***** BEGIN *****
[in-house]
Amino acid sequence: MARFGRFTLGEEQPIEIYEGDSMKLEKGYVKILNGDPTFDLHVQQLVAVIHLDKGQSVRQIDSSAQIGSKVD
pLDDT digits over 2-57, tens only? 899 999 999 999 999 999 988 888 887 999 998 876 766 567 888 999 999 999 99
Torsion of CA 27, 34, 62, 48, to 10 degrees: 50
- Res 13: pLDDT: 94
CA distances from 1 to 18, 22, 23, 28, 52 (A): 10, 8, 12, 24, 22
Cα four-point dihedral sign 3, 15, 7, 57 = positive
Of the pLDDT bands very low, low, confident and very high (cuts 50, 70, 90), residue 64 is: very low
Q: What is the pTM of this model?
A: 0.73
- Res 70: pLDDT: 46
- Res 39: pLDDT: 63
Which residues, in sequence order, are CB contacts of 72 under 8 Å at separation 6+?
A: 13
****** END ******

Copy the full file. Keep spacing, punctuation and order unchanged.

[in-house]
Amino acid sequence: MARFGRFTLGEEQPIEIYEGDSMKLEKGYVKILNGDPTFDLHVQQLVAVIHLDKGQSVRQIDSSAQIGSKVD
pLDDT digits over 2-57, tens only? 899 999 999 999 999 999 988 888 887 999 998 876 766 567 888 999 999 999 99
Torsion of CA 27, 34, 62, 48, to 10 degrees: 50
- Res 13: pLDDT: 94
CA distances from 1 to 18, 22, 23, 28, 52 (A): 10, 8, 12, 24, 22
Cα four-point dihedral sign 3, 15, 7, 57 = positive
Of the pLDDT bands very low, low, confident and very high (cuts 50, 70, 90), residue 64 is: very low
Q: What is the pTM of this model?
A: 0.73
- Res 70: pLDDT: 46
- Res 39: pLDDT: 63
Which residues, in sequence order, are CB contacts of 72 under 8 Å at separation 6+?
A: 13